*Intersectionality is the intersection of multiple identities, crucial to talk about when referring to Loving v. Virginia. For example, Mildred Loving is African American, Native American, and a Woman. Additionally, Richard and Mildred were both part of a lower class. All these identities intersect, and defined the Loving v Virginia case. The reason Richard and Mildred met each other was because of their social/economic status, and did not understand the severity of racism until they tried to make their marriage legal.
“Many years ago, I began to use the term "intersectionality" to deal with the fact that many of our social justice problems like racism and sexism are often overlapping, creating multiple levels of social injustice.” - Kimberle Crenshaw TEDWomen 2016
“The Urgency of Intersectionality,” Kimberle Crenshaw, TEDWomen, 2016.
(embed Ted Talk video?) Kimberle Crenshae, a scholar of critical races theory and a civil rights advocate, discusses her term “intersectionality,” a phenomenon of overlapping exclusion that faces modern-day victims of prejudice.
“Socially marginalized people all over the world, were facing all kinds of dilemmas and challenges as a consequence of intersectionality, intersections of race and gender, of heterosexism, transphobia, xenophobia, ableism, all of these social dynamics come together and create challenges that are sometimes quite unique.” - Kimberle Crenshaw TEDWomen 2016
“Mapping the Margins: Intersectionality Identity Politics, and Violence Against Women of Color,” Kimberle Crenshaw, University of California, 1993. Crenshaw, who coined the term “intersectionality,” writes about violence against women of color.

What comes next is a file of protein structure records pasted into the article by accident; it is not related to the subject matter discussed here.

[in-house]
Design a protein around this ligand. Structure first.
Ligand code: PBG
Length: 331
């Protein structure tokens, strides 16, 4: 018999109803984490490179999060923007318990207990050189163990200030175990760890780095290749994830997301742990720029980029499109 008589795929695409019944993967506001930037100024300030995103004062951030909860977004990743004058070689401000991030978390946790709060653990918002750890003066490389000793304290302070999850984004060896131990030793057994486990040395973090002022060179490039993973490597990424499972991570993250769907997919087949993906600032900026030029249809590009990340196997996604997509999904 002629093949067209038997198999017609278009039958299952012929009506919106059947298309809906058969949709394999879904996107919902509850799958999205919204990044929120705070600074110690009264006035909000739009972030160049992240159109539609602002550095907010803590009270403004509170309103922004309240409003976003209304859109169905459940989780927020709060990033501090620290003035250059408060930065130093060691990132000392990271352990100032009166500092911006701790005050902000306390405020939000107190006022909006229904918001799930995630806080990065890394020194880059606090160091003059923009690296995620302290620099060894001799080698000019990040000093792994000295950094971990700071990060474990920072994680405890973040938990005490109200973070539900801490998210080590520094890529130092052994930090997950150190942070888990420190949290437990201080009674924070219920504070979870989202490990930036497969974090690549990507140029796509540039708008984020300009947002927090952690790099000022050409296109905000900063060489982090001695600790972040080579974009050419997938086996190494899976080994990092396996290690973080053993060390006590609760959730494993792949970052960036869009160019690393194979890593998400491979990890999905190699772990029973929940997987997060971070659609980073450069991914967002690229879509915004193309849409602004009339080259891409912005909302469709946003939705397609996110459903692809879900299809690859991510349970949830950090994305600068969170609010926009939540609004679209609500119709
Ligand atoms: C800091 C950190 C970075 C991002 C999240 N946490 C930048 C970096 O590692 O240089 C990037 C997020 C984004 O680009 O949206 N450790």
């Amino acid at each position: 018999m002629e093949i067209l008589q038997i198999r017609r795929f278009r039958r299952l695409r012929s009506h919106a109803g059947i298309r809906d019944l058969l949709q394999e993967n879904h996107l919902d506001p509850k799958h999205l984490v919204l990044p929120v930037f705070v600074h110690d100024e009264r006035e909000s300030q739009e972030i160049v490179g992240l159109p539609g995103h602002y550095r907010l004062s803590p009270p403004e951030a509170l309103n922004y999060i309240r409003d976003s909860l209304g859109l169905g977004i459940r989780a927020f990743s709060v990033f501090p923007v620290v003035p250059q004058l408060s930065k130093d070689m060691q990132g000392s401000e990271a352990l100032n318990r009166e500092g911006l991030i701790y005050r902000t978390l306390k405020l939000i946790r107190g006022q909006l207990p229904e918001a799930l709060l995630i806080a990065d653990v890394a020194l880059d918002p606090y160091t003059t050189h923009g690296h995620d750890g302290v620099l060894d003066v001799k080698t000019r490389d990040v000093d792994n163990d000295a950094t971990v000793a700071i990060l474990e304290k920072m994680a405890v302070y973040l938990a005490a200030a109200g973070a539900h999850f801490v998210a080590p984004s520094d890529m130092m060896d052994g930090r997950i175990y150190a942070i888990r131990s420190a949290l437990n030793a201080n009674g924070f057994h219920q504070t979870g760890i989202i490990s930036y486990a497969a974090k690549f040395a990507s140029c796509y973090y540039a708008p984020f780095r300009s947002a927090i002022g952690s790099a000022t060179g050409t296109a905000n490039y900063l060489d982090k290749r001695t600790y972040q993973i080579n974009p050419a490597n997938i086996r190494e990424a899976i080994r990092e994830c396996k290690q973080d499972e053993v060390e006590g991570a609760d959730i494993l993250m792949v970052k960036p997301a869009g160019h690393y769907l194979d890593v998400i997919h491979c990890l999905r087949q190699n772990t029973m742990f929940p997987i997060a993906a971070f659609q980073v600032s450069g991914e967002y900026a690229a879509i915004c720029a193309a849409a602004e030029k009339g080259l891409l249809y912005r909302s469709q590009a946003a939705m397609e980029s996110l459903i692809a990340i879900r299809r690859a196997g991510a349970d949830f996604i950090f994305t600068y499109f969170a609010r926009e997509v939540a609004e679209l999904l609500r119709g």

“A House Divided: The Invisibility of the Multiracial Family,” Angela Onwuachi-Willig and Jacob Willig-Onwuachi, Harvard Civil Rights-Civil Liberties Law Review, 2009.
“Intersectionality and In-depth Interviews: Methodological Strategies for Analyzing Race, Class, and Gender,” Gloria Holguin Cuadraz and Lynet Uttal, Race, Gender & Class, 1999.
“Intersectionality 101,” Southern Poverty Law Center, “Teaching Tolerance,” Youtube, May 16, 2016. Student-friendly educational video introducing the subject of intersectionality.
The narratives of “mixed” kids
“One Drop of Love” A multimedia solo theater performance by Fanshen Cox DiGiovanni explores the historical intersections of race, class and gender.
In 1998, Peggy McIntosh’s article “Unpacking the Invisible Knapsack,” popularized the concept of white privilege and male privilege.
“Jeff’s Diary: From ‘Halfrican’ to ‘Mulatto History Month’,” Radio Diaries, tells the story of Jeff Rogers, the founder of Miatto History Month, and his story growing up as the child of a black father and white mother.
“The Mixed Experience Podcast” An audio and video podcast about the experiences of mixed race people hosted by New York Times best-selling writer Heidi Durrow.
Unconscious bias of race
Cracking the Codes: Unconscious Bias A clip from the documentary Cracking the Codes: The Systems of Racial Inequity explains how our society is subconsciously bias of people's race.
Follow a biracial woman's experience in a grocery store
Implicit Bias Test by Project Implicit
The following test is an Implicit Association Test, or IAT. It is designed to measure the strength of an individual’s implicit association between particular objects. This test measures one’s implicit association between specific objects and the faces of individuals of African or European origin. Try out the test yourself or view more IATs here. Project Implicit, a non-profit organization, focuses on the impact of implicit social cognition.